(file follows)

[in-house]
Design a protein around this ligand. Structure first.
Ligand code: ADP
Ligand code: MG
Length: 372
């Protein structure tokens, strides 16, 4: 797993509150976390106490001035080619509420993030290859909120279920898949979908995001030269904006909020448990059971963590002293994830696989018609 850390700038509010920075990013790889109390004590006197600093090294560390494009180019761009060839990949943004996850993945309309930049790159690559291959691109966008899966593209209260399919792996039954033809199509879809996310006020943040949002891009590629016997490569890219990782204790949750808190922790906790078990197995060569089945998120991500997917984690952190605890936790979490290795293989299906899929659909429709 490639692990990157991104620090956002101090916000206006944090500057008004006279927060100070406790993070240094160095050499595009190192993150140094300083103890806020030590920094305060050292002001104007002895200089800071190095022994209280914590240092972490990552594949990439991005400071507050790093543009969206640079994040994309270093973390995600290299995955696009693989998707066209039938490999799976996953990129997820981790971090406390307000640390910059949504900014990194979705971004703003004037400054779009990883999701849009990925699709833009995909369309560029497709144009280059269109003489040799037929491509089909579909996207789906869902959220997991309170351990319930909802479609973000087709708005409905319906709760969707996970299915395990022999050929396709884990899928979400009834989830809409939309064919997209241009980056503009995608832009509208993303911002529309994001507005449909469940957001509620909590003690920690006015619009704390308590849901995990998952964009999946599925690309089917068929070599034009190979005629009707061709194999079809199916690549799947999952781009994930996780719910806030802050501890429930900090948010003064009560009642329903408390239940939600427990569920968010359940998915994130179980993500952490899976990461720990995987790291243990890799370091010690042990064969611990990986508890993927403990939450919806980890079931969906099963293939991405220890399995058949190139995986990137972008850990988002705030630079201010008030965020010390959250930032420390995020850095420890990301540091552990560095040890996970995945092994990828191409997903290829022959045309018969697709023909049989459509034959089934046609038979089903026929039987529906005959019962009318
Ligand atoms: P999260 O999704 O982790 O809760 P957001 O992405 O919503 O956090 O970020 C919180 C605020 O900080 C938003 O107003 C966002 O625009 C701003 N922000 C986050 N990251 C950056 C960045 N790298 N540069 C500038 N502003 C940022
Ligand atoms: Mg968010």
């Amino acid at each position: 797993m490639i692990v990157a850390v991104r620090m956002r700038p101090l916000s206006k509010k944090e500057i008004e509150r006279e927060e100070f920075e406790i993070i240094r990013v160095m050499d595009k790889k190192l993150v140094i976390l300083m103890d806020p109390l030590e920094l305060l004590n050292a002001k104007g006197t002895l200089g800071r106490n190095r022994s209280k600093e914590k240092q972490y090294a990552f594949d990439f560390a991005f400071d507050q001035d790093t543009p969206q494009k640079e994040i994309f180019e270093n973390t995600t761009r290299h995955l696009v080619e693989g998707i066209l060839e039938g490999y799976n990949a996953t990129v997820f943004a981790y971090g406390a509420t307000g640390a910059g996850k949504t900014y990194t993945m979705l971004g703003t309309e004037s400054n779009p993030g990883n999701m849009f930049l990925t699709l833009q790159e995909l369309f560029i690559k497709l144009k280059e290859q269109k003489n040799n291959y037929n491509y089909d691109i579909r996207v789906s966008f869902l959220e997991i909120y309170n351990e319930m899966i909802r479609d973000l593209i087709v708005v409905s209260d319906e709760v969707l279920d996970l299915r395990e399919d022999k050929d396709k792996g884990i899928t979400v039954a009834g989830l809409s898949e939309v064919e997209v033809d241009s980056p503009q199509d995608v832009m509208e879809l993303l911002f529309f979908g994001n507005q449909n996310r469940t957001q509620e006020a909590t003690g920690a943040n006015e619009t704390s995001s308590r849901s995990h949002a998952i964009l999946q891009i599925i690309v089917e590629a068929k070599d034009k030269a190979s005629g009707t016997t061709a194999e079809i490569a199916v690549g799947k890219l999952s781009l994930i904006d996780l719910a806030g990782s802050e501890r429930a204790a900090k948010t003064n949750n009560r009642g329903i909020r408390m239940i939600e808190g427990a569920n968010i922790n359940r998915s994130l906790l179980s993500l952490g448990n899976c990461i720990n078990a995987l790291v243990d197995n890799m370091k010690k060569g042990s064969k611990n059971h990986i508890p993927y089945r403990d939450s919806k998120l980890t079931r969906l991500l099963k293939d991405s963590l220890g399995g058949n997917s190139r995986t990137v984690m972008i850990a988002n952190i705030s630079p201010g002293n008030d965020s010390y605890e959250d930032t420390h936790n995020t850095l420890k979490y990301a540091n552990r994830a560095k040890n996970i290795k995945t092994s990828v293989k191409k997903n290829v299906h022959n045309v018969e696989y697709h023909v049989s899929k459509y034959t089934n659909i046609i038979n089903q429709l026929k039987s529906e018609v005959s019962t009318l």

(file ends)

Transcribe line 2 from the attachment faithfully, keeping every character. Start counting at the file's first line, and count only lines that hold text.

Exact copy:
Design a protein around this ligand. Structure first.